But Plume has the job of integrating its tiny devices which are little more than electrical plugs with radios and antennas attached, which take an existing Wi‑Fi signal and spread it around the home in an intelligent mesh. With the Comcast service they have to get the existing router to become part of the mesh, and this can then report back to a cloud server with all the home network’s data.

It’s really a hybrid of what Plume was originally trying to do. This is a fantastic improvement for an operator’s help desk, which can avoid a huge percentage of truck rolls, because it knows by using that cloud data, what is going on with the home Wi‑Fi network. It can then use client steering and other facilities like cutting off a troublesome device or putting one device Wi‑Fi to sleep, to stop whatever is wrong with the network.

The next step is to anticipate these changes and do them automatically and also to put them in the hands of the customer, who can control things through an app, such as putting their children’s devices’ Wi‑Fi connections to sleep, when they the child is supposed to sleep. Add stuff like a cloud based parental control and you have a tons of reasons to take your Wi‑Fi from your operator, not from retail. Ghai didn’t like our conclusion that this would lead to more operator controlled Wi‑Fi, but conceded that many of the reasons people first went to a retail store and swapped out their home router, is because of problems with Wi‑Fi penetration around the home, and out of a desire to have some control over it, when it went wrong.

AirTies has already landed three tier 2 deals in the US and Israeli rival Celeno has also claimed that it has a tier 1 account coming in the US.

It was then that Ghai referenced one of our articles citing both Broadcom and Quantenna licensing the software from AirTies, and said that Plume could do similar licenses.

The patents

We looked at the patents which are now attributed to Plume, having begun life as Wildfire.Exchange and saw that it has patents dating back to 2012 relating to things such as Wi‑Fi authentication from a cloud AAA server; Dynamic channel selection algorithms; hidden nodes detection; optimization of Wi‑Fi access points – all things which are precisely what we have seen coming out of AirTies in the 2011 time frame.

If they ever go to court on who invented what first, it looks that many of the Plume patents might not survive. Since they are both suddenly falling back into a licensing model with the “big” players in the US market – people who use equipment suppliers who also dominate outside the US market – then with the world’s Wi‑Fi ready to enter a new generation, there will be everything to play for. And that’s usually when companies do one of two things: they either license everything from everyone, or they go to court in patent claims.

It will be interesting to see which way the world goes in this instance. Plume originally came to market with what it called a “routerkiller” which intelligently balanced home bandwidth between devices and offered plug-in pods for $49 each, which extend Wi‑Fi throughout the home.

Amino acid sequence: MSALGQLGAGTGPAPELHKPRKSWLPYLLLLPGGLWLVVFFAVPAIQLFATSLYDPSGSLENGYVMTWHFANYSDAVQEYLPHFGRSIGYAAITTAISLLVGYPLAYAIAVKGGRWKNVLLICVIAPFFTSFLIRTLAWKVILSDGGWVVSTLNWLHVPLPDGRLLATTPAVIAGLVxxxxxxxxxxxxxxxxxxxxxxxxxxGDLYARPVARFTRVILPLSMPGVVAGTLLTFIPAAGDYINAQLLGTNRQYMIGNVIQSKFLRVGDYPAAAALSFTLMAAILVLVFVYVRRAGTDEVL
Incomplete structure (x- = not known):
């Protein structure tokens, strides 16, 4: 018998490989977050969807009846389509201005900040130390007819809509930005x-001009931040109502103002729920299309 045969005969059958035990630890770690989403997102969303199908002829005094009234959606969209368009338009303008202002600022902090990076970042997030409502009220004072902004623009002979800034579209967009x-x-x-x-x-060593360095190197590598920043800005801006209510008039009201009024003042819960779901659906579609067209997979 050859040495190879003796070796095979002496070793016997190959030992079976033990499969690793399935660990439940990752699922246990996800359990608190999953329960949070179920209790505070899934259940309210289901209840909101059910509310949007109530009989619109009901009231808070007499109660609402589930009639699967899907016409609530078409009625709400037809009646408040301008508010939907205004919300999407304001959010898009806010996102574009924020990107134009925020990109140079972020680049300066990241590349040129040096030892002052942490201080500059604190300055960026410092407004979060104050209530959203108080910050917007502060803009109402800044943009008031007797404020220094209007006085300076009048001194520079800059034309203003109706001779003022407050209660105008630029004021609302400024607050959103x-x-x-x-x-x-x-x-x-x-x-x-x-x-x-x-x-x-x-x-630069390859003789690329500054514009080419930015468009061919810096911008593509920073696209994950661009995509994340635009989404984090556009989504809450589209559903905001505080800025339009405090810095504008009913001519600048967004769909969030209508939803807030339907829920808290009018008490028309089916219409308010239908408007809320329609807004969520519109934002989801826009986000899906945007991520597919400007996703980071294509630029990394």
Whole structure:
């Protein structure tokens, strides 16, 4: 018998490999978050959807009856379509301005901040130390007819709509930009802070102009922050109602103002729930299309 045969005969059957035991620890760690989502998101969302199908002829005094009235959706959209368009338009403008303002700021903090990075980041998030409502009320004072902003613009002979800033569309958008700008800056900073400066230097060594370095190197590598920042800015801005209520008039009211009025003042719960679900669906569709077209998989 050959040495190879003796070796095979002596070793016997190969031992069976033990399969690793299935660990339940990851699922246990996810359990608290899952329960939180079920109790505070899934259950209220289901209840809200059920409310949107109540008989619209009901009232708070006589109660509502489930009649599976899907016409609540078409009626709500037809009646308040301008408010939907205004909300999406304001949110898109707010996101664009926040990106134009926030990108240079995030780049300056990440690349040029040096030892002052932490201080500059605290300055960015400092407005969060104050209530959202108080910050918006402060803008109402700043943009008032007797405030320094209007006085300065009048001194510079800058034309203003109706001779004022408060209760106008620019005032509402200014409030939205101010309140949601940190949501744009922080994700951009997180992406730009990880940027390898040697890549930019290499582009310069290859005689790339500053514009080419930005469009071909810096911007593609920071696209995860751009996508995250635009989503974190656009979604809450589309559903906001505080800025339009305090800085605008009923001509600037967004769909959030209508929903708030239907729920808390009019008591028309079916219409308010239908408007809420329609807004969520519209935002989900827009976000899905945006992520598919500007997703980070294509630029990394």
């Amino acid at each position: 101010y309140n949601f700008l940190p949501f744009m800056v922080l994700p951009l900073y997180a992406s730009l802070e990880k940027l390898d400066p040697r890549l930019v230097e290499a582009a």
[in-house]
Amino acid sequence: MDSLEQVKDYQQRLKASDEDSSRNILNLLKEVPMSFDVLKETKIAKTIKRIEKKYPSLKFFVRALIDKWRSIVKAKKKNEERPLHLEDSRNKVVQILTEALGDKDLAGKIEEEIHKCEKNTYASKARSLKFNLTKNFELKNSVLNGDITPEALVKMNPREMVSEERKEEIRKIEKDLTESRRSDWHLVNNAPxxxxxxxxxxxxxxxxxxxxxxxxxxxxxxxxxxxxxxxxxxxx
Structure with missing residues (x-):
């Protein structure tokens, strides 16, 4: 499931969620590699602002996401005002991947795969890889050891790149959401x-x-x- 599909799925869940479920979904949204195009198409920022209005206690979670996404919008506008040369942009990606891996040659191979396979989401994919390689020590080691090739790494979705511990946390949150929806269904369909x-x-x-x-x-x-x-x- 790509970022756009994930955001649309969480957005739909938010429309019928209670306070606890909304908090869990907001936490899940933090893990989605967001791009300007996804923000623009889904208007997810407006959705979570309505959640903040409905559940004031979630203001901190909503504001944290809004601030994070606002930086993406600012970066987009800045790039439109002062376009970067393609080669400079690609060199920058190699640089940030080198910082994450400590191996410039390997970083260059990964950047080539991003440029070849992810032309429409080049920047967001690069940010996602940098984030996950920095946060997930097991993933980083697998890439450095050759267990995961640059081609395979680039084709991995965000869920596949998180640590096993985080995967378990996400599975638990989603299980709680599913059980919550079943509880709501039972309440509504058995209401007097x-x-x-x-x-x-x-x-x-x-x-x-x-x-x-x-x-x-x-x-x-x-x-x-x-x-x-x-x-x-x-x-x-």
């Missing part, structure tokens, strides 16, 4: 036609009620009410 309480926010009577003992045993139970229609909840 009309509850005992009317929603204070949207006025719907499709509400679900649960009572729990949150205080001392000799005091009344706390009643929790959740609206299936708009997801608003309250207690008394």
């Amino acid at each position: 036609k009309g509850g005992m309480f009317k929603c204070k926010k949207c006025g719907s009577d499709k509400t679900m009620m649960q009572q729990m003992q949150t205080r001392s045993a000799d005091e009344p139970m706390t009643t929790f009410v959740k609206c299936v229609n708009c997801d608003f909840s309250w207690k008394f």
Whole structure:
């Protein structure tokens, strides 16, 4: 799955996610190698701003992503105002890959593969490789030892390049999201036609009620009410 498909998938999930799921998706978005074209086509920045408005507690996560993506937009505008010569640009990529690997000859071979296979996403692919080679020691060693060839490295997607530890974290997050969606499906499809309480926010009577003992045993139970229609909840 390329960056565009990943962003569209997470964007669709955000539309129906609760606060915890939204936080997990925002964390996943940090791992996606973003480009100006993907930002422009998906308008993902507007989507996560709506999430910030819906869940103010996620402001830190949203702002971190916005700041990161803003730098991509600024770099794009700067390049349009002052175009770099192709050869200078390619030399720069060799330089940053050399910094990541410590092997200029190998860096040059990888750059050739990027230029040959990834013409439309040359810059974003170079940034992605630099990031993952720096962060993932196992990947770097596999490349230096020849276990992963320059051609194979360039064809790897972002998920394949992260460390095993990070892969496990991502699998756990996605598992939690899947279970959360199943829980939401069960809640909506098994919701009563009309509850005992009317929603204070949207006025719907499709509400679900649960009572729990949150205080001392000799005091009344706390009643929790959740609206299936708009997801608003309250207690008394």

But someone needs to operate the DOCSIS or ADSL modem to bring the broadband line into the home, and then that signal needs to be delivered into the Plume devices, usually by plugging the two together over an ethernet cable.

Comcast is integrating its xFi service into a unified experience and will this year release its own xFi pods (from Plume) which can pair with Comcast’s gateways to mesh Wi‑Fi throughout the home.

In the mean time we’d like to know whatever happened to Qualcomm’s own Streamboost (a cloud based QoS system) and its WiSON (Wi‑Fi Self Organizing Network) which tapped similar capabilities to those it is now boasting major US operators are about to bring out using Plume.

WiSON was supposed to deliver corner-to-corner Wi‑Fi around the home, as well as automated management and Netgear, Linksys D‑Link, TP‑Link ASUS and HiveSpot all said last year they are using it. It seems that the deals it does with operators put Qualcomm in competition with these suppliers.

Ghai commented, “The retail supply chain knows it has to innovate and get to 802.11AX early, and bring in things like voice integration to stay ahead of operators.” Given that Comcast has 13 million voice remotes already, we cannot see a Comcast home being tempted by voice integration.

Copyright © 2017, Faultline

Faultline is published by Rethink Research, a London-based publishing and consulting firm. This weekly newsletter is an assessment of the impact of the week's events in the world of digital media. Faultline is where media meets technology. Subscription details here.

Regnote

* Do bear in mind the Comcast X3 router, and similar gateways, that use the Intel Puma 6 chipset can suffer from noticeable latency issues that have upset broadband subscribers worldwide. Your mileage may vary. Caveat emptor. – ed.


Biting the hand that feeds IT © 1998–2017